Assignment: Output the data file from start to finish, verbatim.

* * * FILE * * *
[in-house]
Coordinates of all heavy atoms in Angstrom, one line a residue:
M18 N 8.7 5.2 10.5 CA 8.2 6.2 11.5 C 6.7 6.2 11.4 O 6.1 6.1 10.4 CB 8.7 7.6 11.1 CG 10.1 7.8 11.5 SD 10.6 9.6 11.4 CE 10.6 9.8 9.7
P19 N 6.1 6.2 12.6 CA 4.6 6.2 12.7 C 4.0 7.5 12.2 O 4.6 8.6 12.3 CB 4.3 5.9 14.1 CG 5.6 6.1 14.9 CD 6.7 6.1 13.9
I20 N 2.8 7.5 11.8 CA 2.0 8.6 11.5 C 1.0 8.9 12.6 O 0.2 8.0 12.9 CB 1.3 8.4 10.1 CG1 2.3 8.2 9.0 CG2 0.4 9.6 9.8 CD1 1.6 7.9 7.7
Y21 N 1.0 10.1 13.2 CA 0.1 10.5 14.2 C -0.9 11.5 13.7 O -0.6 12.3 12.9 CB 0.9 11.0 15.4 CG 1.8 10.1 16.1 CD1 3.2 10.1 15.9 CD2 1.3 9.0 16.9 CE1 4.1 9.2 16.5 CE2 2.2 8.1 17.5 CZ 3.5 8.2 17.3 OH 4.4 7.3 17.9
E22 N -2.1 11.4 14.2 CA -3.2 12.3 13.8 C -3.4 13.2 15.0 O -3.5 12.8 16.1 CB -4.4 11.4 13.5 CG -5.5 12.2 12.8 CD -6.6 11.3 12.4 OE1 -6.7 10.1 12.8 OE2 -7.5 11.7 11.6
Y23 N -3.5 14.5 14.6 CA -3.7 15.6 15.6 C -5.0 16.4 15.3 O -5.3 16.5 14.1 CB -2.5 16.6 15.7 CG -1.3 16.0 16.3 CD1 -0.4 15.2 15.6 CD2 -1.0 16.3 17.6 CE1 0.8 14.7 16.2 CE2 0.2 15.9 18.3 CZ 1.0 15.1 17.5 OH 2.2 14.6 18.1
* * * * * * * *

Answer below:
[in-house]
Coordinates of all heavy atoms in Angstrom, one line a residue:
M18 N 8.7 5.2 10.5 CA 8.2 6.2 11.5 C 6.7 6.2 11.4 O 6.1 6.1 10.4 CB 8.7 7.6 11.1 CG 10.1 7.8 11.5 SD 10.6 9.6 11.4 CE 10.6 9.8 9.7
P19 N 6.1 6.2 12.6 CA 4.6 6.2 12.7 C 4.0 7.5 12.2 O 4.6 8.6 12.3 CB 4.3 5.9 14.1 CG 5.6 6.1 14.9 CD 6.7 6.1 13.9
I20 N 2.8 7.5 11.8 CA 2.0 8.6 11.5 C 1.0 8.9 12.6 O 0.2 8.0 12.9 CB 1.3 8.4 10.1 CG1 2.3 8.2 9.0 CG2 0.4 9.6 9.8 CD1 1.6 7.9 7.7
Y21 N 1.0 10.1 13.2 CA 0.1 10.5 14.2 C -0.9 11.5 13.7 O -0.6 12.3 12.9 CB 0.9 11.0 15.4 CG 1.8 10.1 16.1 CD1 3.2 10.1 15.9 CD2 1.3 9.0 16.9 CE1 4.1 9.2 16.5 CE2 2.2 8.1 17.5 CZ 3.5 8.2 17.3 OH 4.4 7.3 17.9
E22 N -2.1 11.4 14.2 CA -3.2 12.3 13.8 C -3.4 13.2 15.0 O -3.5 12.8 16.1 CB -4.4 11.4 13.5 CG -5.5 12.2 12.8 CD -6.6 11.3 12.4 OE1 -6.7 10.1 12.8 OE2 -7.5 11.7 11.6
Y23 N -3.5 14.5 14.6 CA -3.7 15.6 15.6 C -5.0 16.4 15.3 O -5.3 16.5 14.1 CB -2.5 16.6 15.7 CG -1.3 16.0 16.3 CD1 -0.4 15.2 15.6 CD2 -1.0 16.3 17.6 CE1 0.8 14.7 16.2 CE2 0.2 15.9 18.3 CZ 1.0 15.1 17.5 OH 2.2 14.6 18.1